My husband called my mother-in-law - and as they laughed hysterically - she agreed to send over her housekeeper-cook to help out the poor foreign daughter-in-law who couldn't clean a turkey!
The woman arrived and efficiently de-feathered, de-necked, cleaned out everything that needed to be cleaned out - giggling the entire time.
Hey, I'm from New York, where Thanksgiving Day turkeys come cleaned in plastic bags, whether they are fresh or frozen. I had seen live turkeys, in person and on television, and turkeys ready for cooking, but never one in the intermediate stage.
In any case, I was then able to prepare Mr. Turkey properly, stuff it with a favorite cornbread and chestnut mix, roast and baste it to golden brown. Everyone said how delicious it was, despite the tragi-comedy of the situation.
We also mention how we American wives would search at a few special stores to hopefully find cranberry sauce, pumpkin puree for pies, and MiracleWhip for leftover sandwiches. These were not common items in Iran in those days, so one either paid astronomical prices for each can or jar or hand-carried it back on trips home.
We began telling the story of Mr. Turkey that year and tell it again each year. It is still funny.
It is our Thanksgiving tradition, no matter who is at our table.
We will tell the story again on Thursday in New Mexico.
Enjoy the holiday, if it is your tradition, and enjoy having your family around the table.
Tell the stories of holidays past, of family traditions. Keep the memories alive, and don't forget to take photos and video of your celebration to add to the family archive.
Post those photos and videos at your MyHeritage.com family site, so all family members - no matter where they live - can participate.
What is your most memorable Thanksgiving tradition or story? Share it with MyHeritage.com via comments to this post.
What do you see in a cemetery?
Gravestones, at a minimum, provide the name and dates for the deceased individual. But there's often much more.
Many stones also carry symbols with specific meanings, which may indicate the deceased's age (young, old), an occupation, religion, organizations, military service or other meanings.
The Heritage Bulletin of Oregon devoted an issue to a detailed list and photographs of many symbols commonly found in cemeteries.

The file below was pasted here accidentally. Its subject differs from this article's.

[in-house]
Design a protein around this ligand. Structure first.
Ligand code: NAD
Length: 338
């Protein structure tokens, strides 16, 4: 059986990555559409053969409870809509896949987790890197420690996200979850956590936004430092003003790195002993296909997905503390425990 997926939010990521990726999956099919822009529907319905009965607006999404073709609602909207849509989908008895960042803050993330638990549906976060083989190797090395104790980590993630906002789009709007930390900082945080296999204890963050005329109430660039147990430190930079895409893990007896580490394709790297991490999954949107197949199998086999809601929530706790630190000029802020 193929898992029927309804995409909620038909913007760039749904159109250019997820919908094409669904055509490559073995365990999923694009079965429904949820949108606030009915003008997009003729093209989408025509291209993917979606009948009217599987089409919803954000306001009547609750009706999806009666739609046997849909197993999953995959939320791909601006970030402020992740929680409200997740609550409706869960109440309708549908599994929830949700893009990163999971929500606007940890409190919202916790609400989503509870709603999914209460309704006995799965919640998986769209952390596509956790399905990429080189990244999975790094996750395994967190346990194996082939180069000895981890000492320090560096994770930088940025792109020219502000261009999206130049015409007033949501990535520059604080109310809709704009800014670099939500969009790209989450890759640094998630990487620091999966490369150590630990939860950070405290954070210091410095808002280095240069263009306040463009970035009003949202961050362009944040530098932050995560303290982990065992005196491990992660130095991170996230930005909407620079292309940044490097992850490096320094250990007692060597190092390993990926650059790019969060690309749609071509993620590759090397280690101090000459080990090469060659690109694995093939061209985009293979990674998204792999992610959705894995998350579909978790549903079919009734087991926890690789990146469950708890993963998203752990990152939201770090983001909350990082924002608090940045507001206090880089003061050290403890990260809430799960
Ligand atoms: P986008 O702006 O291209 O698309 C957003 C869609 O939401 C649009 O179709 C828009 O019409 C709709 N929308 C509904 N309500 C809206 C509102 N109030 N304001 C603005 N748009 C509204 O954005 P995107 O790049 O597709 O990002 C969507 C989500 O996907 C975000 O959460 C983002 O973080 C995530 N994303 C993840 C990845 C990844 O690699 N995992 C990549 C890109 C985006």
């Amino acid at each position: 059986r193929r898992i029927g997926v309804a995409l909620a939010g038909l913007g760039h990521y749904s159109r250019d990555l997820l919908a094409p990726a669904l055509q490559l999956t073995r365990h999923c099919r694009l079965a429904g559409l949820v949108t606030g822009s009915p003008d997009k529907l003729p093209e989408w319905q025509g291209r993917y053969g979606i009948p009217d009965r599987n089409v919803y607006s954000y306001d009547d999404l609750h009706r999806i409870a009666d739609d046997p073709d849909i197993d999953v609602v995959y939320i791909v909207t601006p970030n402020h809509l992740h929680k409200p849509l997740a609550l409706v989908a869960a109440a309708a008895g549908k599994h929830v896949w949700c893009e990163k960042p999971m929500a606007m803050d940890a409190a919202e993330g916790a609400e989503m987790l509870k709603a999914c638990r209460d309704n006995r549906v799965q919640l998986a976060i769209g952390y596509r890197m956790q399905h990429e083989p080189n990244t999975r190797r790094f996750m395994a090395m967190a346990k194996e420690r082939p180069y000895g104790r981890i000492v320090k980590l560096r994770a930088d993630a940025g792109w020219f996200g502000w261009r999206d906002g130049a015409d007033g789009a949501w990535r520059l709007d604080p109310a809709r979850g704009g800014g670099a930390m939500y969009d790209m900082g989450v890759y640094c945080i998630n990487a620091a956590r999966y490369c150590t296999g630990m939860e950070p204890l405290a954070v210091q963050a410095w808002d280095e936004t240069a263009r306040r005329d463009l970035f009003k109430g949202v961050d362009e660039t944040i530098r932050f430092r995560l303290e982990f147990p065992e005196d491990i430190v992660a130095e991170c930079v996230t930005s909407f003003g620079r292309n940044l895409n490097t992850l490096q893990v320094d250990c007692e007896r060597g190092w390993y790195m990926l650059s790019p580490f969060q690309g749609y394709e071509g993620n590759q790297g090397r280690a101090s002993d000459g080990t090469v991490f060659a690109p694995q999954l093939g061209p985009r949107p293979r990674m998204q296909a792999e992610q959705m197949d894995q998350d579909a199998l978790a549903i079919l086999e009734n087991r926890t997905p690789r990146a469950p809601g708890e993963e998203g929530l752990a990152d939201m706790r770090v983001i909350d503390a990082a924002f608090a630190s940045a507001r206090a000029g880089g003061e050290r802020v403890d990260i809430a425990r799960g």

Here are some common symbols and their meanings.
ANGEL: Guardian or messenger between God and man
ASPHODEL or LILY: Plants with white, pink or yellow flowers - including the narcissus and daffodil - reminds visitors of their mortality.
BOOK: The holy book or Bible, "book of life." Closed, end of life or a complete life. A pile of books may indicate the deceased was scholarly or educated.
Do you have ancestors or relatives who served in the military?
As we peer into our past, we often find family members who served on land or sea in many countries and in many capacities. Some were on-the-ground forces, while others filled support roles such as tailors, doctors, nurses, cooks or musicians.
London's Imperial War Museum has organized a Family History Day on Saturday, November 6, sponsored by MyHeritage.com. The event will assist participants - from beginners to experienced family historians - to learn how the Blitz affected families, the roles relatives played to help win the war, the aftermath of this history in today's families, and what records are accessible for more information.
The Imperial War Museum is the museum of everyone’s story: the history of modern conflict told through the stories of those who were there. It is an educational and historical institution responsible for archives, collections and sites of outstanding national importance. You can view the Museum’s main website here.
Women as well as men have served in diverse capacities in all US military branches - Army, Air Force, Navy, Marines and the Coast Guard. For information on women veterans from Colonial to contemporary times, view stories here (scroll down to see other relevant pages on that site), and a time line here. For a collection of photos and artifacts documenting women's service, click here.
One Civil War surgeon - Dr Mary Edwards Walker (photo left) - was the first woman to receive the Medal of Honor.
Accessible records include regiment lists, files for widows' pensions, death and burial records, medals, hospital lists for the wounded, transport lists and many other records, each supplying another piece of the family history puzzle.
Where can you find more information on those who served?